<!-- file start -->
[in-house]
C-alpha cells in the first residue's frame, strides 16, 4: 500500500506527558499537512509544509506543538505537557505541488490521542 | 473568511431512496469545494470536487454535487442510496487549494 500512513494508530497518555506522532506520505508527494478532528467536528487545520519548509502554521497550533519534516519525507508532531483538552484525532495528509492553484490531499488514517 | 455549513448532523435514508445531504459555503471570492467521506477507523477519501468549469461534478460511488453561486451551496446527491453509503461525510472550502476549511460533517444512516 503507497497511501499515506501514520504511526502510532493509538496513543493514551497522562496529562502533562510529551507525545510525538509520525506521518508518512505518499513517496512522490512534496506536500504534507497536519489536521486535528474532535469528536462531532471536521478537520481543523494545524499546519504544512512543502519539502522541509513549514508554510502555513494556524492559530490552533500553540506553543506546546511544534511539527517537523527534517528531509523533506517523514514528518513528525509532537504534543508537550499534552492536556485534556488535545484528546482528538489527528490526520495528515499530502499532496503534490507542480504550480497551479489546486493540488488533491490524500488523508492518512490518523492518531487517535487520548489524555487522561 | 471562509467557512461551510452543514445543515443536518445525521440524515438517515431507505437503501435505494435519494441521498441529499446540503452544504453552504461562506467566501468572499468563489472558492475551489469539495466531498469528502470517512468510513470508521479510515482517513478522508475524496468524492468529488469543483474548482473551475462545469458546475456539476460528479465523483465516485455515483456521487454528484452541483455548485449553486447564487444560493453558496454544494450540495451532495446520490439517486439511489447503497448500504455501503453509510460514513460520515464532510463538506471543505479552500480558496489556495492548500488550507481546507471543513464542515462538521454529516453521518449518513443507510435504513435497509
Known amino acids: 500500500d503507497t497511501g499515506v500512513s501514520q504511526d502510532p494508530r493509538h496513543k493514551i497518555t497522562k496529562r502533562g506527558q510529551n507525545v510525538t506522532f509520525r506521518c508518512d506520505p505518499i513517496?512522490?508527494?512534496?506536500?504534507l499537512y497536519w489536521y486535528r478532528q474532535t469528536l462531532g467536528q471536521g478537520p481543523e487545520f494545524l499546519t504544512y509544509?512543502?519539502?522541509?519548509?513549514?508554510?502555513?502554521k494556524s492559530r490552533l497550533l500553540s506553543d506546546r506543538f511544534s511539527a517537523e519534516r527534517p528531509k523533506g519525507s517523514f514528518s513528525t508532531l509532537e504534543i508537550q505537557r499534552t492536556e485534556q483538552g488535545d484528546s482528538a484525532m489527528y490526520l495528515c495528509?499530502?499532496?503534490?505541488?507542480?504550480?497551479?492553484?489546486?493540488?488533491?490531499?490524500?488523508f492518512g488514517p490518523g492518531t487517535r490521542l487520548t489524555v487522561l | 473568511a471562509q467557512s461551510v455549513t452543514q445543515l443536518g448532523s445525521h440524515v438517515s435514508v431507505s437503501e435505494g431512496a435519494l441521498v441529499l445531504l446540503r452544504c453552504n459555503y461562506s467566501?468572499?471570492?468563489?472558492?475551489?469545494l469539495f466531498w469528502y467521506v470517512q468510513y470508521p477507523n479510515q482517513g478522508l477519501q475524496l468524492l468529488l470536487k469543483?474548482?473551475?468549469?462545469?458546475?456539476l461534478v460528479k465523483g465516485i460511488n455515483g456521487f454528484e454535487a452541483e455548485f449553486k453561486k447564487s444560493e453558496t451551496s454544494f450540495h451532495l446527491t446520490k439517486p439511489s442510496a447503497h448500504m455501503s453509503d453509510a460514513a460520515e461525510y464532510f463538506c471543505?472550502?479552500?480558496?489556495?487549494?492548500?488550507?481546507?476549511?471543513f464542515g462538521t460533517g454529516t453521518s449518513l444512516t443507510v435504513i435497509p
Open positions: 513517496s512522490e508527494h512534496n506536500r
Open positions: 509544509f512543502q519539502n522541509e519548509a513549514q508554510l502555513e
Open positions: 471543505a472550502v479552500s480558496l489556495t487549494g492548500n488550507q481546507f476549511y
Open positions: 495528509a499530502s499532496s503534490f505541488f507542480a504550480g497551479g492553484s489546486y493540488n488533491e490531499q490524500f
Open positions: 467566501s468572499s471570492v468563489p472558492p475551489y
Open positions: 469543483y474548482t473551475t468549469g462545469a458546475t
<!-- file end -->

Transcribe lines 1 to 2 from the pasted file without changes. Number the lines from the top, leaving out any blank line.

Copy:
[in-house]
C-alpha cells in the first residue's frame, strides 16, 4: 500500500506527558499537512509544509506543538505537557505541488490521542 | 473568511431512496469545494470536487454535487442510496487549494 500512513494508530497518555506522532506520505508527494478532528467536528487545520519548509502554521497550533519534516519525507508532531483538552484525532495528509492553484490531499488514517 | 455549513448532523435514508445531504459555503471570492467521506477507523477519501468549469461534478460511488453561486451551496446527491453509503461525510472550502476549511460533517444512516 503507497497511501499515506501514520504511526502510532493509538496513543493514551497522562496529562502533562510529551507525545510525538509520525506521518508518512505518499513517496512522490512534496506536500504534507497536519489536521486535528474532535469528536462531532471536521478537520481543523494545524499546519504544512512543502519539502522541509513549514508554510502555513494556524492559530490552533500553540506553543506546546511544534511539527517537523527534517528531509523533506517523514514528518513528525509532537504534543508537550499534552492536556485534556488535545484528546482528538489527528490526520495528515499530502499532496503534490507542480504550480497551479489546486493540488488533491490524500488523508492518512490518523492518531487517535487520548489524555487522561 | 471562509467557512461551510452543514445543515443536518445525521440524515438517515431507505437503501435505494435519494441521498441529499446540503452544504453552504461562506467566501468572499468563489472558492475551489469539495466531498469528502470517512468510513470508521479510515482517513478522508475524496468524492468529488469543483474548482473551475462545469458546475456539476460528479465523483465516485455515483456521487454528484452541483455548485449553486447564487444560493453558496454544494450540495451532495446520490439517486439511489447503497448500504455501503453509510460514513460520515464532510463538506471543505479552500480558496489556495492548500488550507481546507471543513464542515462538521454529516453521518449518513443507510435504513435497509